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After five long years, Compton rapper Kendrick Lamar is back and has announced plans to drop new music. His fifth studio album, “Mr. Morale & the Big Steppers,” is scheduled to release on May 13. Lamar posted the announcement through his new multi-disciplinary media company pgLang. The project will be Lamar’s final album under his contract with West Coast Powerhouse TDE, preceding the rapper’s complete transition to the pgLang banner. Founded by Lamar and Dave Free in 2020, pgLang emphasizes using different art forms to tell stories, ranging from music to film to books. This idea is extremely captivating when considering that Lamar himself, can’t be defined as simply a rapper or musician, but a multifaceted artist. This interdisciplinary creative identity can be seen in the ways Lamar’s existing studio albums utilize different art forms to forward a more complex form of storytelling.
“Section.80”: A Collection of Short Stories
Lamar’s first album gave listeners a motivated and raw version of the budding star. He was far from the mainstream artist he is today, but his captivating storytelling and lyrical abilities were clear on tracks like “Ronald Reagan Era” and “Rigamortus,” specifically, hears the Compton MC spit a tongue-twisting, nearly-minute-long verse — seemingly without taking a single breath. The album as a whole is especially compelling, feeling like a collection of short stories that tell a broader, loosely connected narrative. This can be seen literally with tracks titled “Chapter 6” and “Chapter 10.” But also in the overall flow of the album when taken as a collective piece of work. There are the recurring characters of Tammy and Keisha, who even have their own tracks dedicated to them, for example. The album as a whole spans a wide variety of topics, from the effects of the crack epidemic to nuances in race, with each track feeling like its own contained narrative house within the larger world of the album.
“Good Kid, m.A.A.d City”: A Short Film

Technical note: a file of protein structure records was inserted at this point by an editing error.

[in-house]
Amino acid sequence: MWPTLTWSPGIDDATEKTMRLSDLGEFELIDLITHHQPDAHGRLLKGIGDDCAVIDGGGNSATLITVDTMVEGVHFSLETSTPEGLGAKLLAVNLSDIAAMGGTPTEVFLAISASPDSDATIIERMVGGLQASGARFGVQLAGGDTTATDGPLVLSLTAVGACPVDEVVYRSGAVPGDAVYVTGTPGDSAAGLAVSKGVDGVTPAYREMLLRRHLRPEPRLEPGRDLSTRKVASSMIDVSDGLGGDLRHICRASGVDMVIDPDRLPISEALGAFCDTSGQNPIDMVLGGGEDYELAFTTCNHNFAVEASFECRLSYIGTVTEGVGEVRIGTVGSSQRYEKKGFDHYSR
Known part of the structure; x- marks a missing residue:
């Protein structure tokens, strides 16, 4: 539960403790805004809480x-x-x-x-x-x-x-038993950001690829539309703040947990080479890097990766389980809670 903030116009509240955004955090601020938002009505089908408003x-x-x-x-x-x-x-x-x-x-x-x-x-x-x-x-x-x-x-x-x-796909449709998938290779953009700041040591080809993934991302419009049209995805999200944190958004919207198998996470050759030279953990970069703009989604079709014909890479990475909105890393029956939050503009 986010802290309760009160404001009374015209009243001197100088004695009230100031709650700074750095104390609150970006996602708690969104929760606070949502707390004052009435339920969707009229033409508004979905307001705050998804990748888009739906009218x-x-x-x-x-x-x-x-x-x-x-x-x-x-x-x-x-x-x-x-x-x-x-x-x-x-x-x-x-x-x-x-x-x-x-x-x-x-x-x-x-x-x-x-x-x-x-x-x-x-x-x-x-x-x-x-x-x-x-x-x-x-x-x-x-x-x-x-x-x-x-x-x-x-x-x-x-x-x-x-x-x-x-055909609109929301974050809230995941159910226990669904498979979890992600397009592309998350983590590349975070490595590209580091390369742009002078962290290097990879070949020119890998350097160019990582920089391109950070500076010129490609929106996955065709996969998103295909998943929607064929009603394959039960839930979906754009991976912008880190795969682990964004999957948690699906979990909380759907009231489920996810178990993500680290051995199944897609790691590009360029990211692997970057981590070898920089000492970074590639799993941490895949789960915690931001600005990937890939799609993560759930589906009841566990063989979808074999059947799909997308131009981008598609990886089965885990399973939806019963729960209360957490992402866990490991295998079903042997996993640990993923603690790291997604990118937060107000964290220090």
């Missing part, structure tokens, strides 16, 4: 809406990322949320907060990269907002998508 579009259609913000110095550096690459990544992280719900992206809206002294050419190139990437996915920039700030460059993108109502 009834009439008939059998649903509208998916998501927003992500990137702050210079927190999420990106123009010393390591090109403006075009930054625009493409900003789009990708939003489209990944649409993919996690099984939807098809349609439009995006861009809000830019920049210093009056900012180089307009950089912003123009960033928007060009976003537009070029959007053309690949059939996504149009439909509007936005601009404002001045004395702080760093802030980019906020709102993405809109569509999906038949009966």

“Good Kid, m.A.A.d City” truly thrust Lamar into the spotlight. Songs like “Swimming Pools(Drank)” and “m.A.A.d city” became some of the biggest hits of 2012, and the album garnering the rapper his first Grammy nomination and what should have been his first win. While “Section.80” is a collection of different stories, “Good Kid, m.A.A.d City” is a tight narrative that tells the story of a single day in the life of a young Kendrick. “Backseat Freestyle,'' for example, calls to mind a young Kendrick freestyling in the back of a car after being picked up. The story isn’t completely chronological. There are some tracks that occur in different places in time, but everything traces back to that singular day. The album crosses the boundaries of just being music and becomes something cinematic. Lamar himself recognizes this, TOO. A description on the album’s cover reads: “a short film by Kendrick Lamar.”
“To Pimp A Butterfly”: The Poet
Three years after “Good Kid, m.A.A.d City,” Lamar returned with 2015’s “To Pimp a Butterfly” and completely shook up the hip-hop world. Sonically, it was a turn away from his earlier works and their more conventional rap sound. “To Pimp A Butterfly,” instead embraced heavy jazz, blues, and hip-hop influences. This fusion of styles led to Lamar’s most critically acclaimed album to date, filled with powerful, introspective tracks speaking upon mental health, morality, and racial inequality. And while “Good kid, m.A.A.d city” felt cinematic, “To Pimp A Butterfly” seems more poetic in nature. Throughout the album Kendrick slowly unveils a poem in some of the outros and intros of tracks, giving longer and longer snippets and finally culminating in the final track “Mortal Man,” where listeners finally get the full poem. The standout is in its finale, where Lamar elaborates upon the title “To Pimp a Butterfly” with an allegory of the caterpillar and butterfly that discusses the physical and mental growth in life. The impact this album has had is immeasurable, and while Lamar was snubbed of the “Album of the Year” award at the Grammys, his messages on “To Pimp a Butterfly” will stay with fans for a long time.
“DAMN.”: A Mélange, A Satire
Lamar’s most recent studio album brought together styles from his previous works. He again embraced the more traditional sounds in hip-hop, but complemented them with themes and sounds first seen in “To Pimp A Butterfly.” This created a clear and thought-provoking thematic experience that earned him the 2018 Pulitzer Prize for music, making him the first rapper to do so. With title names like “FEEL,” “PRIDE,” and “HUMBLE,” Lamar gave a clear view into the relevance of each song. Each track feels like an exaggeration of these themes, giving unique examples of his experiences and thoughts. In his 2018 Grammy performance, Lamar had the words, “This is a satire by Kendrick Lamar” prominently displayed in the background as he performed music from “DAMN.”
And now, fans arrive at “Mr. Morale & the Big Steppers.” What can we expect from this latest album? So much has changed in the past five years since “DAMN.” was released. And yet, since the release of Lamar’s executive produced compilation album “Black Panther: The Album” in early 2018, little has been heard of him. His most recent musical appearance was on Baby Keem’s 2021 album “The Melodic Album,” where he featured on “range brothers” and “family ties,” with the latter earning the pair a Grammy for “Best Rap Performance.” One thing is for certain, though: Lamar will make sure his new album is a completely new experience.
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